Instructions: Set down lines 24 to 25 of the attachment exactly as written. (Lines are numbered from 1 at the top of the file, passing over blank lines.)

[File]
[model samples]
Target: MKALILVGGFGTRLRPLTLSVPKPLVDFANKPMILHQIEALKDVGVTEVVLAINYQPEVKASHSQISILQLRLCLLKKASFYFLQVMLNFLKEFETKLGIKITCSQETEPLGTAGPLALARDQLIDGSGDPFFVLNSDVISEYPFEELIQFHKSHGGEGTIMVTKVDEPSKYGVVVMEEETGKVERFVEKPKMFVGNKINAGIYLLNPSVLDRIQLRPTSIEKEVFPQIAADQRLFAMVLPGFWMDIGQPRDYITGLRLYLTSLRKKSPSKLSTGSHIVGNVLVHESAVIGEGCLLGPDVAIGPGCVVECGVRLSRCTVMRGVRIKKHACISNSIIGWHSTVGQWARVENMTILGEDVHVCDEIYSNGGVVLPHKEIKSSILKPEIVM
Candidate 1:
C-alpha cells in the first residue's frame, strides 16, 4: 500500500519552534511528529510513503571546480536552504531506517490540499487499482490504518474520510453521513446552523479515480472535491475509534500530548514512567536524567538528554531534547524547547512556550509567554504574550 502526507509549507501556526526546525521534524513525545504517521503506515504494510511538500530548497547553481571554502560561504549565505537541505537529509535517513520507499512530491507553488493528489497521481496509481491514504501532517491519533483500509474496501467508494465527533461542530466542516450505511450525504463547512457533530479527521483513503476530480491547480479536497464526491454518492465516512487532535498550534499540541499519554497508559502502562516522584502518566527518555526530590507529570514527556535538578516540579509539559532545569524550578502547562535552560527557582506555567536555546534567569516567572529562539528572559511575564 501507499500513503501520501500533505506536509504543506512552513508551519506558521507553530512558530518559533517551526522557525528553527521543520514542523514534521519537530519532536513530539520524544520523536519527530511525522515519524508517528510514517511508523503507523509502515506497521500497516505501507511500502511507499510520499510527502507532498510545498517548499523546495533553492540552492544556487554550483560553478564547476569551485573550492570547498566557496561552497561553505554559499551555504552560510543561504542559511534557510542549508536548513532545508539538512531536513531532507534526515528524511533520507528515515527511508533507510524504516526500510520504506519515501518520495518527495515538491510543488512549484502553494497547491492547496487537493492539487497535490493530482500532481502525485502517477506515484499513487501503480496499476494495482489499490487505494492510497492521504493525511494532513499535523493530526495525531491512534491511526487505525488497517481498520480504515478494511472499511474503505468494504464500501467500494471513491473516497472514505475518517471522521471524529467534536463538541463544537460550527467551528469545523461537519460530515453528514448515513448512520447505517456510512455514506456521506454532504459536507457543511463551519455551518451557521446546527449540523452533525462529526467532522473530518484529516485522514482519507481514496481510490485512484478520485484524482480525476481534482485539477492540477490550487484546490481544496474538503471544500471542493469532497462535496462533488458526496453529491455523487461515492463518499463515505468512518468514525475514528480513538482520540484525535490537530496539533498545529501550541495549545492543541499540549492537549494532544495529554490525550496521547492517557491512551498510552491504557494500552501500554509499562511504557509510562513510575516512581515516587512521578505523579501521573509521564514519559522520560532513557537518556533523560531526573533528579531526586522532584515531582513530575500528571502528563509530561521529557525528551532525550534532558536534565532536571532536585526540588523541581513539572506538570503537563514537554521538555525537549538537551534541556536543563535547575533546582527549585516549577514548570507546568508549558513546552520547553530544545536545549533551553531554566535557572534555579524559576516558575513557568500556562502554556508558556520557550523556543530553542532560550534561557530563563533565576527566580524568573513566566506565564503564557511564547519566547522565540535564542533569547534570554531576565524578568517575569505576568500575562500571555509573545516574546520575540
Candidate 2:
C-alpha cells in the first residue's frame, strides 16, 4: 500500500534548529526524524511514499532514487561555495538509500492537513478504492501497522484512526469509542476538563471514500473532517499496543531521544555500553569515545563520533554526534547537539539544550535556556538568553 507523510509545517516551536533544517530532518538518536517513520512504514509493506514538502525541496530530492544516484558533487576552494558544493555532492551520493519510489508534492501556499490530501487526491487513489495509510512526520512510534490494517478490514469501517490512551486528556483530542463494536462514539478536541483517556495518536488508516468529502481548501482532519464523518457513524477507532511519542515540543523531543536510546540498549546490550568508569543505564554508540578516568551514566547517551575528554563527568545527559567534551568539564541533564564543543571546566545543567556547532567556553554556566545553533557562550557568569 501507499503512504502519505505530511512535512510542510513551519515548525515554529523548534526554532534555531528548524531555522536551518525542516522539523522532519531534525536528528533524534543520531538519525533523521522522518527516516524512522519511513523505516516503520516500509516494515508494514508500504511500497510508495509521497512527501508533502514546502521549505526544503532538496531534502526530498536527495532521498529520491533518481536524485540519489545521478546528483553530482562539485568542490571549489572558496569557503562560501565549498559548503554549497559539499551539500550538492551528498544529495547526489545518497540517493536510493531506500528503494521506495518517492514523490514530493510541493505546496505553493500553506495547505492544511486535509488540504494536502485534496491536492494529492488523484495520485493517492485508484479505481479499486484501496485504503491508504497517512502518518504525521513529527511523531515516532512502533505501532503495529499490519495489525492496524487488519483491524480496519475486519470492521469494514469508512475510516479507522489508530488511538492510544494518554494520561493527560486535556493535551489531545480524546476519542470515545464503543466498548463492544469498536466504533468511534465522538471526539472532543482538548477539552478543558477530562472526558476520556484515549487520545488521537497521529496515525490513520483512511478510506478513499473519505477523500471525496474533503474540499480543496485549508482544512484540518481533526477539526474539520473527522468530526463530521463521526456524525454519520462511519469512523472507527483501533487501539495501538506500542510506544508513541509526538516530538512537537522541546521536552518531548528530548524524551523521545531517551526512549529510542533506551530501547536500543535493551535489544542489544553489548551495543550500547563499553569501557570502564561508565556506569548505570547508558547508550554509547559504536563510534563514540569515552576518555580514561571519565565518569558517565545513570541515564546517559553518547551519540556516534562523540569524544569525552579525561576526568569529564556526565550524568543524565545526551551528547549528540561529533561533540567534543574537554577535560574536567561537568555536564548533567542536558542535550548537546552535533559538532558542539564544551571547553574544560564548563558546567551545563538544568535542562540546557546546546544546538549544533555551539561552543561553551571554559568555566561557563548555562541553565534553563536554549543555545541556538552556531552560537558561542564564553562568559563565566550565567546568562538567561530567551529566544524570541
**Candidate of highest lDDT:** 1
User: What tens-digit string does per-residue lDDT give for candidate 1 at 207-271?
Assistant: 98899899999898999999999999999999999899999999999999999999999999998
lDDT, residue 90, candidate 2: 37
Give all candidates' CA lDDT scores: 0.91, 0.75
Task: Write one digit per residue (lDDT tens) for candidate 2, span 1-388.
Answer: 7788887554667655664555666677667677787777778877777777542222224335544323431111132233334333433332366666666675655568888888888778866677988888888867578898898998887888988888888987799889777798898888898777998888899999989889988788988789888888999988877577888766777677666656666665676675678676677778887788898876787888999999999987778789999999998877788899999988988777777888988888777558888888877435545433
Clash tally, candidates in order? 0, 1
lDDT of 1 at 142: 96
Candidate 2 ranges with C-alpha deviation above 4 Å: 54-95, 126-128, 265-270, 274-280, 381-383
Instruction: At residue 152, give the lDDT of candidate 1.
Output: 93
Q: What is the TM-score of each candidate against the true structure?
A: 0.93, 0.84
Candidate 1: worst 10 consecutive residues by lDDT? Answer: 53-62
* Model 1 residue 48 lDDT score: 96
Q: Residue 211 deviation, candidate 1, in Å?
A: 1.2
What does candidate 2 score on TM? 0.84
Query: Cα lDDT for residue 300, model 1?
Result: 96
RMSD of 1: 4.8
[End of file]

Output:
A: 1.2
What does candidate 2 score on TM? 0.84